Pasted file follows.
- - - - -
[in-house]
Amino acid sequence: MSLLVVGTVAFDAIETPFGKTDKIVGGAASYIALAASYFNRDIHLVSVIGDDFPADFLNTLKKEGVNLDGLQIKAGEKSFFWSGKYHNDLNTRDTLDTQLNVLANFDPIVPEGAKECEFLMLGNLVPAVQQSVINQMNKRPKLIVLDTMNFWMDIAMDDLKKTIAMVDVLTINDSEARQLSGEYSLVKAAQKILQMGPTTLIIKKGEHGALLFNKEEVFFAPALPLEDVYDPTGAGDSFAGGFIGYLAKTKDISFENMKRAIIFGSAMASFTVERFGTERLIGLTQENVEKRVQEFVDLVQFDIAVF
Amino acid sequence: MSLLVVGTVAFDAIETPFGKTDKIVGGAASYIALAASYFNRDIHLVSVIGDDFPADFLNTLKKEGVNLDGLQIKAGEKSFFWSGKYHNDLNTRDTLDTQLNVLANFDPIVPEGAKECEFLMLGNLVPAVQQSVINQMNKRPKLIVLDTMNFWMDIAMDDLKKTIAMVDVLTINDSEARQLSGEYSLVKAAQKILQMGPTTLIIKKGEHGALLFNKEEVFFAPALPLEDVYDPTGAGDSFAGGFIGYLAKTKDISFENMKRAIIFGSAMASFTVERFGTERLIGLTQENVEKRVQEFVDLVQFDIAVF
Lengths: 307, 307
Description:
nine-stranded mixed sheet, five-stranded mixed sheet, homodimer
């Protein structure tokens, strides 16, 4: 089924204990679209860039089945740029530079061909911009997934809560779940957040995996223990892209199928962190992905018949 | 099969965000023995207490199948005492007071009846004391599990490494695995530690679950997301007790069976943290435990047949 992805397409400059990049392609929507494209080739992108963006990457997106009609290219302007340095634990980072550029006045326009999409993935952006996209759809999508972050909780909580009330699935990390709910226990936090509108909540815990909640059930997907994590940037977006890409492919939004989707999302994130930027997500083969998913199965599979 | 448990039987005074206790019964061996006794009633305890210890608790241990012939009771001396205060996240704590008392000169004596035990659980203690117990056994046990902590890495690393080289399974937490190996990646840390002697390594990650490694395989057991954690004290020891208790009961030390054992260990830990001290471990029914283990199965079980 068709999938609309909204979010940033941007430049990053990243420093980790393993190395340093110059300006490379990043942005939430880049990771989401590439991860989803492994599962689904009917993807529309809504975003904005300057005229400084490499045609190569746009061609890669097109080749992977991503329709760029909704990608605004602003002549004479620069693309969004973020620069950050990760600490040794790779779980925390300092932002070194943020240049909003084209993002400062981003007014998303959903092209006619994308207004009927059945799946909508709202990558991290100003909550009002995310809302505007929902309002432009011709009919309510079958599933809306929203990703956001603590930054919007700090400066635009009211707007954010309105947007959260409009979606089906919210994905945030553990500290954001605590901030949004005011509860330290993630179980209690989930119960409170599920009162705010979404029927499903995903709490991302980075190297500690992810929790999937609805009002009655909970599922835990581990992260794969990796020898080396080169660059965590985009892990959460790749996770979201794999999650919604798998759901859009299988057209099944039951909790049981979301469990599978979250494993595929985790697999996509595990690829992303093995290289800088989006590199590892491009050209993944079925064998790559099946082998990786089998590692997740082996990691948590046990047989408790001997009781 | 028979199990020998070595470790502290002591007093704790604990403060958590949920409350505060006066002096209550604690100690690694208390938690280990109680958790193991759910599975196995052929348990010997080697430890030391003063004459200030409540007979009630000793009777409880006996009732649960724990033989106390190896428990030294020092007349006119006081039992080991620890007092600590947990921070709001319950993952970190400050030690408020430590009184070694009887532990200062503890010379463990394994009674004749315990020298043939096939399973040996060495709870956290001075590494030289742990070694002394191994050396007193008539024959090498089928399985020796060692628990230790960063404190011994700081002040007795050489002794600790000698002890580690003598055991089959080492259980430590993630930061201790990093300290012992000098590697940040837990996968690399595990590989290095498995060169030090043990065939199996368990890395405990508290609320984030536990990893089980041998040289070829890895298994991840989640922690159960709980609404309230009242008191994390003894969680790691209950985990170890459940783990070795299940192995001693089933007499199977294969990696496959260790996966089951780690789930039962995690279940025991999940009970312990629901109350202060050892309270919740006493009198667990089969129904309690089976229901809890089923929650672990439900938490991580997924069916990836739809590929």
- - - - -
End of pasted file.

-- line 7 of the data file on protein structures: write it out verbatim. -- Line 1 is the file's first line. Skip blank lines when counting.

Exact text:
């Protein structure tokens, strides 16, 4: 089924204990679209860039089945740029530079061909911009997934809560779940957040995996223990892209199928962190992905018949 | 099969965000023995207490199948005492007071009846004391599990490494695995530690679950997301007790069976943290435990047949 992805397409400059990049392609929507494209080739992108963006990457997106009609290219302007340095634990980072550029006045326009999409993935952006996209759809999508972050909780909580009330699935990390709910226990936090509108909540815990909640059930997907994590940037977006890409492919939004989707999302994130930027997500083969998913199965599979 | 448990039987005074206790019964061996006794009633305890210890608790241990012939009771001396205060996240704590008392000169004596035990659980203690117990056994046990902590890495690393080289399974937490190996990646840390002697390594990650490694395989057991954690004290020891208790009961030390054992260990830990001290471990029914283990199965079980 068709999938609309909204979010940033941007430049990053990243420093980790393993190395340093110059300006490379990043942005939430880049990771989401590439991860989803492994599962689904009917993807529309809504975003904005300057005229400084490499045609190569746009061609890669097109080749992977991503329709760029909704990608605004602003002549004479620069693309969004973020620069950050990760600490040794790779779980925390300092932002070194943020240049909003084209993002400062981003007014998303959903092209006619994308207004009927059945799946909508709202990558991290100003909550009002995310809302505007929902309002432009011709009919309510079958599933809306929203990703956001603590930054919007700090400066635009009211707007954010309105947007959260409009979606089906919210994905945030553990500290954001605590901030949004005011509860330290993630179980209690989930119960409170599920009162705010979404029927499903995903709490991302980075190297500690992810929790999937609805009002009655909970599922835990581990992260794969990796020898080396080169660059965590985009892990959460790749996770979201794999999650919604798998759901859009299988057209099944039951909790049981979301469990599978979250494993595929985790697999996509595990690829992303093995290289800088989006590199590892491009050209993944079925064998790559099946082998990786089998590692997740082996990691948590046990047989408790001997009781 | 028979199990020998070595470790502290002591007093704790604990403060958590949920409350505060006066002096209550604690100690690694208390938690280990109680958790193991759910599975196995052929348990010997080697430890030391003063004459200030409540007979009630000793009777409880006996009732649960724990033989106390190896428990030294020092007349006119006081039992080991620890007092600590947990921070709001319950993952970190400050030690408020430590009184070694009887532990200062503890010379463990394994009674004749315990020298043939096939399973040996060495709870956290001075590494030289742990070694002394191994050396007193008539024959090498089928399985020796060692628990230790960063404190011994700081002040007795050489002794600790000698002890580690003598055991089959080492259980430590993630930061201790990093300290012992000098590697940040837990996968690399595990590989290095498995060169030090043990065939199996368990890395405990508290609320984030536990990893089980041998040289070829890895298994991840989640922690159960709980609404309230009242008191994390003894969680790691209950985990170890459940783990070795299940192995001693089933007499199977294969990696496959260790996966089951780690789930039962995690279940025991999940009970312990629901109350202060050892309270919740006493009198667990089969129904309690089976229901809890089923929650672990439900938490991580997924069916990836739809590929």